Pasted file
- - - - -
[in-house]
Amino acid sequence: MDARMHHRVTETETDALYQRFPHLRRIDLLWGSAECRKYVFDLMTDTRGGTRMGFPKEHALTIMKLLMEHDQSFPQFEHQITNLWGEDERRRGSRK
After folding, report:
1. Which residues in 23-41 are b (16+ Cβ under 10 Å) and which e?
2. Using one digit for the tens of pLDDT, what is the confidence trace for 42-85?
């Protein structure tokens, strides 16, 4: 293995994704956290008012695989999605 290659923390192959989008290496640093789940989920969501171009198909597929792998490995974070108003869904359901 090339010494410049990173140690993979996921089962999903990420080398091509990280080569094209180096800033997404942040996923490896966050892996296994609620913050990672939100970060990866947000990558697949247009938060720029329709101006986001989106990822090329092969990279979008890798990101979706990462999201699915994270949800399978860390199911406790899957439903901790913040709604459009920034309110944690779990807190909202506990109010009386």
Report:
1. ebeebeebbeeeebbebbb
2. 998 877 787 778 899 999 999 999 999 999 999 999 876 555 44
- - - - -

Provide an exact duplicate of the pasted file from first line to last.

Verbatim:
[in-house]
Amino acid sequence: MDARMHHRVTETETDALYQRFPHLRRIDLLWGSAECRKYVFDLMTDTRGGTRMGFPKEHALTIMKLLMEHDQSFPQFEHQITNLWGEDERRRGSRK
After folding, report:
1. Which residues in 23-41 are b (16+ Cβ under 10 Å) and which e?
2. Using one digit for the tens of pLDDT, what is the confidence trace for 42-85?
């Protein structure tokens, strides 16, 4: 293995994704956290008012695989999605 290659923390192959989008290496640093789940989920969501171009198909597929792998490995974070108003869904359901 090339010494410049990173140690993979996921089962999903990420080398091509990280080569094209180096800033997404942040996923490896966050892996296994609620913050990672939100970060990866947000990558697949247009938060720029329709101006986001989106990822090329092969990279979008890798990101979706990462999201699915994270949800399978860390199911406790899957439903901790913040709604459009920034309110944690779990807190909202506990109010009386």
Report:
1. ebeebeebbeeeebbebbb
2. 998 877 787 778 899 999 999 999 999 999 999 999 876 555 44